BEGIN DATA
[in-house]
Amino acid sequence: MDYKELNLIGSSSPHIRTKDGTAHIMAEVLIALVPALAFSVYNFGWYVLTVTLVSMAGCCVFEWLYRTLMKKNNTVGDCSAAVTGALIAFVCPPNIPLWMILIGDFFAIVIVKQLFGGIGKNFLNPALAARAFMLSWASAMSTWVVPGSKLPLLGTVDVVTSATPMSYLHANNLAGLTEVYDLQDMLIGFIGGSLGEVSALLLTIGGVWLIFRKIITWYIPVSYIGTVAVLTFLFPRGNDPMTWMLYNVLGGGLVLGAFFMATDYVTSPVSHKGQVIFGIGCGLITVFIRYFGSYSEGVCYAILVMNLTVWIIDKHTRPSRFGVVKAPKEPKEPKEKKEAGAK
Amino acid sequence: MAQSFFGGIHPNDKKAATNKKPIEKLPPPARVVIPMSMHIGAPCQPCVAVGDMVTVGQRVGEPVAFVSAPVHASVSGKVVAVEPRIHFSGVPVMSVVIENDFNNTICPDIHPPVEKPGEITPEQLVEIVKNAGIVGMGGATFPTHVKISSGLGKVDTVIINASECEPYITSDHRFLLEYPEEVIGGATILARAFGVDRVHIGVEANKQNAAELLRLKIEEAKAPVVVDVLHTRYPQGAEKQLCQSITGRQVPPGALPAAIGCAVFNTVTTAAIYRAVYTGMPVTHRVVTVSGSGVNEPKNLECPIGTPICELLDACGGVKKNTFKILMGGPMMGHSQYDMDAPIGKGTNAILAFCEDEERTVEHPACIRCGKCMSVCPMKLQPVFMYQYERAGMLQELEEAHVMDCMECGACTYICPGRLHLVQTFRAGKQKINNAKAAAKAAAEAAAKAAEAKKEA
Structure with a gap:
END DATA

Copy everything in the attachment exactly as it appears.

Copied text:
[in-house]
Amino acid sequence: MDYKELNLIGSSSPHIRTKDGTAHIMAEVLIALVPALAFSVYNFGWYVLTVTLVSMAGCCVFEWLYRTLMKKNNTVGDCSAAVTGALIAFVCPPNIPLWMILIGDFFAIVIVKQLFGGIGKNFLNPALAARAFMLSWASAMSTWVVPGSKLPLLGTVDVVTSATPMSYLHANNLAGLTEVYDLQDMLIGFIGGSLGEVSALLLTIGGVWLIFRKIITWYIPVSYIGTVAVLTFLFPRGNDPMTWMLYNVLGGGLVLGAFFMATDYVTSPVSHKGQVIFGIGCGLITVFIRYFGSYSEGVCYAILVMNLTVWIIDKHTRPSRFGVVKAPKEPKEPKEKKEAGAK
Amino acid sequence: MAQSFFGGIHPNDKKAATNKKPIEKLPPPARVVIPMSMHIGAPCQPCVAVGDMVTVGQRVGEPVAFVSAPVHASVSGKVVAVEPRIHFSGVPVMSVVIENDFNNTICPDIHPPVEKPGEITPEQLVEIVKNAGIVGMGGATFPTHVKISSGLGKVDTVIINASECEPYITSDHRFLLEYPEEVIGGATILARAFGVDRVHIGVEANKQNAAELLRLKIEEAKAPVVVDVLHTRYPQGAEKQLCQSITGRQVPPGALPAAIGCAVFNTVTTAAIYRAVYTGMPVTHRVVTVSGSGVNEPKNLECPIGTPICELLDACGGVKKNTFKILMGGPMMGHSQYDMDAPIGKGTNAILAFCEDEERTVEHPACIRCGKCMSVCPMKLQPVFMYQYERAGMLQELEEAHVMDCMECGACTYICPGRLHLVQTFRAGKQKINNAKAAAKAAAEAAAKAAEAKKEA
Structure with a gap: